Modest home price growth expected for 2019: ReMax, Royal LePage

Dated: December 18 2018

Views: 59

Modest home price growth expected for 2019: Re/Max, Royal LePage

Montreal housing

TORONTO -- Home prices across the country are expected to rise in 2019, but only at a moderate pace compared with recent years, according to two of Canada's largest residential real estate brokerages.

Royal LePage is anticipating the national median home price will increase by 1.2 per cent in 2019, with prices in Toronto and the surrounding areas expected to rise 1.3 per cent to $854,552.

Home prices in Greater Vancouver are forecast to go up by just 0.6 per cent to $1.29 million, while home prices in Montreal and the nearby region are expected to see the largest rise out of Canada's biggest cities, with home prices anticipated to jump three per cent to $421,306 in 2019.

Royal LePage CEO Phil Soper said the national housing market is expected to remain in a "correctional cycle" that began this year, with home prices appreciating at a "snail's pace."

"Markets aren't perfect. They overshoot and then they must correct," he said in a statement.

The Royal LePage report blamed the "tepid pace" of price growth on a number of factors including rising interest rates, global trade risks and the low price of Canadian crude.

It noted that would-be buyers who had for years been shut out of hot markets in Toronto and Vancouver may have a bigger opportunity to purchase in 2019. It says it expects a jump in sales activity come spring.

Meanwhile, in a separate report Tuesday, Re/Max said it expects average home sale prices to go up by 1.7 per cent in the new year.

It also anticipates housing markets across the country will stabilize as Canadians feel a bigger impact from higher interest rates.

"Demand isn't as strong as it was in the past but it is still very, very strong," said Christopher Alexander, executive vice-president and regional director of Re/Max of Ontario-Atlantic Canada.

"The government has said it may not be as conservative with raising rates as they have been in the past. That's why there's uncertainty. People don't really know what to expect."

Re/Max expects average home sale prices in Vancouver to fall three per cent next year, after increasing two per cent this year.

The report forecasts that some smaller cities outside of the big urban areas will see large price growth, with London, Ont., leading with a projected increase of 17 per cent, followed by Chilliwack, B.C., and Windsor, Ont., at 13 per cent.

Alexander said a more stable real estate market is positive for both buyers and sellers.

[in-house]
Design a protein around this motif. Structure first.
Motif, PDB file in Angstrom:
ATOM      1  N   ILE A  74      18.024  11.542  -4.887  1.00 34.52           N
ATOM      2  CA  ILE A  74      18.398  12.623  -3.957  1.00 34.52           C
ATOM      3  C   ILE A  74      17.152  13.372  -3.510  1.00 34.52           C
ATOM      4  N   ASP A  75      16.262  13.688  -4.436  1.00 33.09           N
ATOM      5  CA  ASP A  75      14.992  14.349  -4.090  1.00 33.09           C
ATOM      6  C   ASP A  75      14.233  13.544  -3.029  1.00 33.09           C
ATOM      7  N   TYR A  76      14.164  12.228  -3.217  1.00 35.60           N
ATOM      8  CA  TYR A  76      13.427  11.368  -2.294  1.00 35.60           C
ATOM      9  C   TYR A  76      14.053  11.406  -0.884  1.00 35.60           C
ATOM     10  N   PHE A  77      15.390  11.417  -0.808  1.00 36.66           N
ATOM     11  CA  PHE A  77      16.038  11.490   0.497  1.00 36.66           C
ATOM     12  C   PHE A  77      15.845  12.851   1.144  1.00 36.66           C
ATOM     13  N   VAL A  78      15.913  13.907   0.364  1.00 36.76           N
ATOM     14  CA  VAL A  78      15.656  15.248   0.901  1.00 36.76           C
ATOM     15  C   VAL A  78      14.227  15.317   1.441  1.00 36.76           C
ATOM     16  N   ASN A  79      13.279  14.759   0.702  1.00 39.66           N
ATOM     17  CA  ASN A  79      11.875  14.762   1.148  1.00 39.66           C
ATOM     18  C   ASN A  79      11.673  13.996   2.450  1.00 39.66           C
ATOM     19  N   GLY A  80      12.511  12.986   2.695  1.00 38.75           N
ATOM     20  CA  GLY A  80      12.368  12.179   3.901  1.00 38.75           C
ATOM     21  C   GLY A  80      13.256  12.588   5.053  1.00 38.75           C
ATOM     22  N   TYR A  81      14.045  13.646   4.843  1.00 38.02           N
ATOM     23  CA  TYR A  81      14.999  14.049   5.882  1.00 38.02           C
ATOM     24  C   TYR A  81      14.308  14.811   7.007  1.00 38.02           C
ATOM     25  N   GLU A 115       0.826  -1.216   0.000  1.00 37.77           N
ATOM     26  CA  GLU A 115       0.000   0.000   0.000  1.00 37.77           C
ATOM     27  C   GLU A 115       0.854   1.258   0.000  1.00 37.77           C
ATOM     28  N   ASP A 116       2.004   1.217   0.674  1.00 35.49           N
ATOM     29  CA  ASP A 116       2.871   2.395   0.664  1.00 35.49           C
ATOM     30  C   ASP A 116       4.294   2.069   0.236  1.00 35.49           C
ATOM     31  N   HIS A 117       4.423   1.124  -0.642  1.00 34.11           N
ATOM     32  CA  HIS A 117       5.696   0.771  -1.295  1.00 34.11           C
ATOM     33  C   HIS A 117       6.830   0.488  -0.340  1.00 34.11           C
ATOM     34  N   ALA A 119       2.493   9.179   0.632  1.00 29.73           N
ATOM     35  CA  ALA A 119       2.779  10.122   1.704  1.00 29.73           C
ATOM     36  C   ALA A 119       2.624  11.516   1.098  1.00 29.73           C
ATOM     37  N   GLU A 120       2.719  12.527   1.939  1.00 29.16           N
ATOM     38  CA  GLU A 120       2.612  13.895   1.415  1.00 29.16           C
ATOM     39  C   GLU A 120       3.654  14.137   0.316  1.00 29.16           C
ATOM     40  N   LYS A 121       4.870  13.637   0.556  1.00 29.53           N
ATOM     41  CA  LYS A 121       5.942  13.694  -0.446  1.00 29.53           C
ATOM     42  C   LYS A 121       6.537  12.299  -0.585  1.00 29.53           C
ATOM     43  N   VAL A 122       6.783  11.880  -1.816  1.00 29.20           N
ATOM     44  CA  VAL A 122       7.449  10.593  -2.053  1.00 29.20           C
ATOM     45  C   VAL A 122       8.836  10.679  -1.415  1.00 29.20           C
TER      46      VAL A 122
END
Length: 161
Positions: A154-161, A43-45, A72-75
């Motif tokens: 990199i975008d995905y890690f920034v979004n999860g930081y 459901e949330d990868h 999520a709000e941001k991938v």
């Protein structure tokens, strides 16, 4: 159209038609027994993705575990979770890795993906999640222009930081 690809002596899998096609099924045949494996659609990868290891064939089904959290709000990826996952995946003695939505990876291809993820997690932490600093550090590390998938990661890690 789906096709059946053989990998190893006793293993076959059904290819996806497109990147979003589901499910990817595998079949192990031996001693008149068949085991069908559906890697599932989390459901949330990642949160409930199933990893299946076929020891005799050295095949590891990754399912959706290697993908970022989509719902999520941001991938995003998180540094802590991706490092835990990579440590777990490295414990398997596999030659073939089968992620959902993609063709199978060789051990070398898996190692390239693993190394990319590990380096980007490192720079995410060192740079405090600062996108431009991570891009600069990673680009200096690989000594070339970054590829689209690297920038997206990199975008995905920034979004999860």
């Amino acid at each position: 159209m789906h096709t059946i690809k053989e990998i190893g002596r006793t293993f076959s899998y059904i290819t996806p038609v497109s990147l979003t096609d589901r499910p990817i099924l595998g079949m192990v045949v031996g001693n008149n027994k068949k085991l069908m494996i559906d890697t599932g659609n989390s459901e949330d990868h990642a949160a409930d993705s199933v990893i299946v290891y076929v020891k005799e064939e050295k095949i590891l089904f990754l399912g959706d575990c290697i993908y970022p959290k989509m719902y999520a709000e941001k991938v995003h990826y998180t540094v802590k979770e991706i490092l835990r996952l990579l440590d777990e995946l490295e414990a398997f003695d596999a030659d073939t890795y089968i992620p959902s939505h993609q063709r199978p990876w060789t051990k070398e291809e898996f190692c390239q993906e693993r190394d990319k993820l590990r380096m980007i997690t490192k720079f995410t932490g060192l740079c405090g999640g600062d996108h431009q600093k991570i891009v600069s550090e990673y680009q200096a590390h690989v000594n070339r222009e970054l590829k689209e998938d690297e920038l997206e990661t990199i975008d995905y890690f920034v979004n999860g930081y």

"The threat of a bubble bursting isn't around the corner, and at the same time, there is going to be a little bit of an appreciation so people will get a return on their investment," he said.

"We're in healthy territory right now and homebuyers and sellers can feel confident that the market shouldn't' go too drastically in either direction."

Blog author image

Steven Axford

Steve is a award winning Realtor in Victoria BC, with his listings selling 53.03% faster than average and for 1.01% MORE money. Growing up in Victoria, BC and has always been active in his community. ....

Latest Blog Posts

Victoria's $100 million Customs House luxury condominium project nears completion

Three years after touring Victoria’s Customs House mixed-use condominium and retail offering during its interior de-construction, Citified is honoured to be the first media

Read More

Three Things to Prioritize When Selling Your Home!

Just because it’s a “Sellers Market” it doesn’t mean you are guaranteed success no matter what. Check out our video below!3 Things to Prioritize When Selling Your?

Read More

Unwavering demand reinforces need to support supply of homes!

June 1, 2021 The Victoria market continued to show its strength through the month of May, with a near record setting pace for sales and ongoing record low inventory levels. A total of 1,049

Read More

Housing mania' sends affordability to 31-year low

The pandemic-driven surge in residential real estate demand has sent Canadian housing affordability spiraling to its worst level in more than three decades, according to a new report from RBC

Read More